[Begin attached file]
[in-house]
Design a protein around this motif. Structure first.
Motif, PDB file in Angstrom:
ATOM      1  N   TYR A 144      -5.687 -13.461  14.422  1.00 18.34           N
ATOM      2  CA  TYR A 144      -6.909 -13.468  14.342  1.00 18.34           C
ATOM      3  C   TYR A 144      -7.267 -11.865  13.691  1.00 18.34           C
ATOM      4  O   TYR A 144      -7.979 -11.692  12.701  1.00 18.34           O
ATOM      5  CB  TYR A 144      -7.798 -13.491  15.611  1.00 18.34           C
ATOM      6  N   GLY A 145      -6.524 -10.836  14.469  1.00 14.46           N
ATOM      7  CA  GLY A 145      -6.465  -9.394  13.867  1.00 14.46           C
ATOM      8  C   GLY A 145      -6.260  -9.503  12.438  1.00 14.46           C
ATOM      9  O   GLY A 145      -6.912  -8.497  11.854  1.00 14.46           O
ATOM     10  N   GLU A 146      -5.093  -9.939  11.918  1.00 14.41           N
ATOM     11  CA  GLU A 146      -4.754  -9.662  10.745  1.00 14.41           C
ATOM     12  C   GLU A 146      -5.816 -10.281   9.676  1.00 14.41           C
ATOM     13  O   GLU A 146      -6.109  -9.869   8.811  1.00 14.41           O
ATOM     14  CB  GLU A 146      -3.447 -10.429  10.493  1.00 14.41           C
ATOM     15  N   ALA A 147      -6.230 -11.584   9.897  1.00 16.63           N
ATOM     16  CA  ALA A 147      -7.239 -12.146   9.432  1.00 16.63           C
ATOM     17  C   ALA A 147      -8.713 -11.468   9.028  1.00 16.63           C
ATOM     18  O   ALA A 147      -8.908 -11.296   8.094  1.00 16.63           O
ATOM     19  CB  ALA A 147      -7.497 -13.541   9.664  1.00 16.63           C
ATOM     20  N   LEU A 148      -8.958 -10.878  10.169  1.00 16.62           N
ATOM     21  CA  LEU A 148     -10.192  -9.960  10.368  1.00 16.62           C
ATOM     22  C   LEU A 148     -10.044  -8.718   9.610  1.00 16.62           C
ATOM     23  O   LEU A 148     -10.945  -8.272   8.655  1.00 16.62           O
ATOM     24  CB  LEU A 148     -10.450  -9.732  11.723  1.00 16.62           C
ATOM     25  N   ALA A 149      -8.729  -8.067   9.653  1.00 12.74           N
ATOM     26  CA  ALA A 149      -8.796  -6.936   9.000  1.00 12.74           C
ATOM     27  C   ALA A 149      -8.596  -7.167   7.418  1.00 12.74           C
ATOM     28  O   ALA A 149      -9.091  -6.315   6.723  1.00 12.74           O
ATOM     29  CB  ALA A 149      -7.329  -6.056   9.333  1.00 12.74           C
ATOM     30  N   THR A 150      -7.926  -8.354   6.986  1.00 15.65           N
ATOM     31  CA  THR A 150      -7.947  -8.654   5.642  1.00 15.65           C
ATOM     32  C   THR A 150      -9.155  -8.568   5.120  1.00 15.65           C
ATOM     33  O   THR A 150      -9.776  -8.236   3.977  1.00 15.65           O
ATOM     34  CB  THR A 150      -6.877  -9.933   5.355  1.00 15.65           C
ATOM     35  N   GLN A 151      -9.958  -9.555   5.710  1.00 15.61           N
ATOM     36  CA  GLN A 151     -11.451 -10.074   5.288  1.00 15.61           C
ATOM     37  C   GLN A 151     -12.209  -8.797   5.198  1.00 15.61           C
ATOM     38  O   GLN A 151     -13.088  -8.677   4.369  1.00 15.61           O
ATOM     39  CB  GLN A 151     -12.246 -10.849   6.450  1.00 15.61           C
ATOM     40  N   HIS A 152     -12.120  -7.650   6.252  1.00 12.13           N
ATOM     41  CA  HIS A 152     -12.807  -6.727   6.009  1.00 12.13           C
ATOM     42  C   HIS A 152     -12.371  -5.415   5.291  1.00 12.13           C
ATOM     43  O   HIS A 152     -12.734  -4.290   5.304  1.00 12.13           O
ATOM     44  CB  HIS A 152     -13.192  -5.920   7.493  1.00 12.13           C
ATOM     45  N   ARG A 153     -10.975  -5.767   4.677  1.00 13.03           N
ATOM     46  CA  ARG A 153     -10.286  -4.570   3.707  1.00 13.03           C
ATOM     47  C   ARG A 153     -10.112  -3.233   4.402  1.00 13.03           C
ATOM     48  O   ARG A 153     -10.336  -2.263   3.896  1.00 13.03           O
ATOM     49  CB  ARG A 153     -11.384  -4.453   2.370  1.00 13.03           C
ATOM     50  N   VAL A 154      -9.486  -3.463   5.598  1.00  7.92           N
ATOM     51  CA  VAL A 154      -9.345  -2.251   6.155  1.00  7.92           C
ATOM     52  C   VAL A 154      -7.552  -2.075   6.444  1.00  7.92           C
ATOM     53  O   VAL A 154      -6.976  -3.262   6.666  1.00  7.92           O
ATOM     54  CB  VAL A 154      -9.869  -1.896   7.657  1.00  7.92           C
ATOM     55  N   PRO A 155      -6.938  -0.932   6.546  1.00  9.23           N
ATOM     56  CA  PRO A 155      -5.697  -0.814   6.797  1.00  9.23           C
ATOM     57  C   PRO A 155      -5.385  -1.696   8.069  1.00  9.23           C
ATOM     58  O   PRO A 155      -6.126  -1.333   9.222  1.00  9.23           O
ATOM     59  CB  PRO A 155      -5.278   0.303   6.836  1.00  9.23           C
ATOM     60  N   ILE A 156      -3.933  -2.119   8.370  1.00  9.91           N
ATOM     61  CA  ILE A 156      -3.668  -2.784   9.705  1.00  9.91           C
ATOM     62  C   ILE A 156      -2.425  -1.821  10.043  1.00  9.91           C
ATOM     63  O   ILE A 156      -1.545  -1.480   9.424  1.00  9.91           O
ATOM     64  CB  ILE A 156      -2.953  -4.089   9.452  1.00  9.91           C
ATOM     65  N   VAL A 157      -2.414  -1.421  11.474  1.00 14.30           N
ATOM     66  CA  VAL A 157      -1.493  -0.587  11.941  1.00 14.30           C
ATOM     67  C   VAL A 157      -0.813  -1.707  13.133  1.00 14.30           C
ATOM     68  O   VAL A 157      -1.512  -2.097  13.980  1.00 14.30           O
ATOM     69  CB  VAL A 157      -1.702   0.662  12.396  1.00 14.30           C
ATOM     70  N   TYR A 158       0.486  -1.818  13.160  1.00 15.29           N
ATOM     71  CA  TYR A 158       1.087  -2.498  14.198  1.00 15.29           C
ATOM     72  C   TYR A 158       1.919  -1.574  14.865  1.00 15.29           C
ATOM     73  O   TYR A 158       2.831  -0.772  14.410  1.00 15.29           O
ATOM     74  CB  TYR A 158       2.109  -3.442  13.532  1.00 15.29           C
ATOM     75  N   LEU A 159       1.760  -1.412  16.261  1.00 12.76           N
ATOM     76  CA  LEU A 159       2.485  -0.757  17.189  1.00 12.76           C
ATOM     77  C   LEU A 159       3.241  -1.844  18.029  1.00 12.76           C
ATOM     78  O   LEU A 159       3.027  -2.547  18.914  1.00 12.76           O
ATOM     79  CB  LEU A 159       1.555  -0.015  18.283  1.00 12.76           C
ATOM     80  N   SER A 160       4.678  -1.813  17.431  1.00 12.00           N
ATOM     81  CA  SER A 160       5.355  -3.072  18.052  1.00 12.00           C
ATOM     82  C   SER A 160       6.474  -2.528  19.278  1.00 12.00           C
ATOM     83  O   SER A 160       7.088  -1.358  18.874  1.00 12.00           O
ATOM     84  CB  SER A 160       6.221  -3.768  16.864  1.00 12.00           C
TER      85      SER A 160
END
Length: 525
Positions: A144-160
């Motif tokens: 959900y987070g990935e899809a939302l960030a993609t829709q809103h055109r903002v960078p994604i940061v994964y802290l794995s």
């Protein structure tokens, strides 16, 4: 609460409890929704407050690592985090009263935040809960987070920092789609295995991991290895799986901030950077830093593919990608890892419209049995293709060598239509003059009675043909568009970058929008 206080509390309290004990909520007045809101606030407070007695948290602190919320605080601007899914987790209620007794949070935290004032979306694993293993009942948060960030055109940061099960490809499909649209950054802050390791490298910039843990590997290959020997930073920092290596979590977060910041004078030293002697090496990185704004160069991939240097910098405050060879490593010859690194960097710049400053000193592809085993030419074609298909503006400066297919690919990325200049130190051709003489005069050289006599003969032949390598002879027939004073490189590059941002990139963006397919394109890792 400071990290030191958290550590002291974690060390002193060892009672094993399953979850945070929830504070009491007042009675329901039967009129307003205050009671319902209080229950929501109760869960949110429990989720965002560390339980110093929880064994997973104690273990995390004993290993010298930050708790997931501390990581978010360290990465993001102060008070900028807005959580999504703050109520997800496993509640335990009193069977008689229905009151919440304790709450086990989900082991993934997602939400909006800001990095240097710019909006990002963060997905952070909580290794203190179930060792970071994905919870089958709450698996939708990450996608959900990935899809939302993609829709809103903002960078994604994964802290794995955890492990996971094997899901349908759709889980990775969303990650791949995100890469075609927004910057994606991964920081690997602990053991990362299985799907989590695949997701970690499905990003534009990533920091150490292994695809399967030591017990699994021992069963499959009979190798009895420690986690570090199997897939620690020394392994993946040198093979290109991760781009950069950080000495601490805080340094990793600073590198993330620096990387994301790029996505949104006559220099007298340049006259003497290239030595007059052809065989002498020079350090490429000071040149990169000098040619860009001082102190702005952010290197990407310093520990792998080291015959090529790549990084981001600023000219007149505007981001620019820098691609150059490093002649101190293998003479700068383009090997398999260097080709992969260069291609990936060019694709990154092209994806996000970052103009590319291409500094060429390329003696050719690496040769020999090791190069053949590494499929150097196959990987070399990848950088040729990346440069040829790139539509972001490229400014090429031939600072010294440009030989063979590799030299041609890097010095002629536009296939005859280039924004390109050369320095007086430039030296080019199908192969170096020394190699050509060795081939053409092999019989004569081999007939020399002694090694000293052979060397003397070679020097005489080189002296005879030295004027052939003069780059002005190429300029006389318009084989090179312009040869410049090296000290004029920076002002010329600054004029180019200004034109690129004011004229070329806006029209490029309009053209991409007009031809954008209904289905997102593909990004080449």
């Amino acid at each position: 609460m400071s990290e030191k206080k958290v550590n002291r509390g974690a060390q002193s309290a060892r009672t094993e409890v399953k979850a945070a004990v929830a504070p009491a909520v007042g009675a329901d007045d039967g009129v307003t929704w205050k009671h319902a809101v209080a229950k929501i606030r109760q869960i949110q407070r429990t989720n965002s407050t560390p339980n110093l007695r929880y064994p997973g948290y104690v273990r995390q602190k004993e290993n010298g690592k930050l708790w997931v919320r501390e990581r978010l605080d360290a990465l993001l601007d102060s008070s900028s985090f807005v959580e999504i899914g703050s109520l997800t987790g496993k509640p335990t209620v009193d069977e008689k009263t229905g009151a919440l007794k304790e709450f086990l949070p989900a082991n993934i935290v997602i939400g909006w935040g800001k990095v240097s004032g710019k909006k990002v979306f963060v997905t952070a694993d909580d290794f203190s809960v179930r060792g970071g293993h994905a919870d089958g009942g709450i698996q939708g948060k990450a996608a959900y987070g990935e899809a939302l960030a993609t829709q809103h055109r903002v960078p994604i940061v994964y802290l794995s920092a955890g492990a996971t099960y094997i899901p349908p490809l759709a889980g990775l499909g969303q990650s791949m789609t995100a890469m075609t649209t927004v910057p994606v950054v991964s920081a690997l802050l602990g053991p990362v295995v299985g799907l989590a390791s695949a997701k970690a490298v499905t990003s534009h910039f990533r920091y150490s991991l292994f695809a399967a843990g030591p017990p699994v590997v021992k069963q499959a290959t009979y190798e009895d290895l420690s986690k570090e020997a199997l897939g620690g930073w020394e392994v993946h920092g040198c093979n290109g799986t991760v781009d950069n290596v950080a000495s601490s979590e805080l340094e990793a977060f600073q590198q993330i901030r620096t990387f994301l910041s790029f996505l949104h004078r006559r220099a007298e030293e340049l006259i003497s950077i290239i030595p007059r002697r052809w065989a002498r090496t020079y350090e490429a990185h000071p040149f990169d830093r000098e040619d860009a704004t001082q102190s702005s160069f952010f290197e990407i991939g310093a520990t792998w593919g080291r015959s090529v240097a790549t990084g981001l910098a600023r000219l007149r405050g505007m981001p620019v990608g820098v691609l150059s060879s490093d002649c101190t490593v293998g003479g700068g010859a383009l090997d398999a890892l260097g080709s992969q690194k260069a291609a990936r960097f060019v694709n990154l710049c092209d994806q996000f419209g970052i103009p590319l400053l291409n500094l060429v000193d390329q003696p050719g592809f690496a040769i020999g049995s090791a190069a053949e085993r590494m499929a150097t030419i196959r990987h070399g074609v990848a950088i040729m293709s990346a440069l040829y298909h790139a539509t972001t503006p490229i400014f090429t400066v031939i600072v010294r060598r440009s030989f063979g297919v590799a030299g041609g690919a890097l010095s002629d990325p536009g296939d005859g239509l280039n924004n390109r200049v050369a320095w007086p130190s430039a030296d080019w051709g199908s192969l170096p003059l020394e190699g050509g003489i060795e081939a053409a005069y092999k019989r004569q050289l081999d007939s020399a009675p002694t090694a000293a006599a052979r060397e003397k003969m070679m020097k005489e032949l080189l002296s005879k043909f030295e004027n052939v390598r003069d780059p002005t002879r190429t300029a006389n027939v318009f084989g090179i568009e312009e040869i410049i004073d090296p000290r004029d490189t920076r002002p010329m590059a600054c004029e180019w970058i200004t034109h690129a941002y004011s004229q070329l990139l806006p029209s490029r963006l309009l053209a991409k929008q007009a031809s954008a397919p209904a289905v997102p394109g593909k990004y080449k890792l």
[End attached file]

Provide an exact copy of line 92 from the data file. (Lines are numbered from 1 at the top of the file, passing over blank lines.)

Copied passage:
């Motif tokens: 959900y987070g990935e899809a939302l960030a993609t829709q809103h055109r903002v960078p994604i940061v994964y802290l794995s």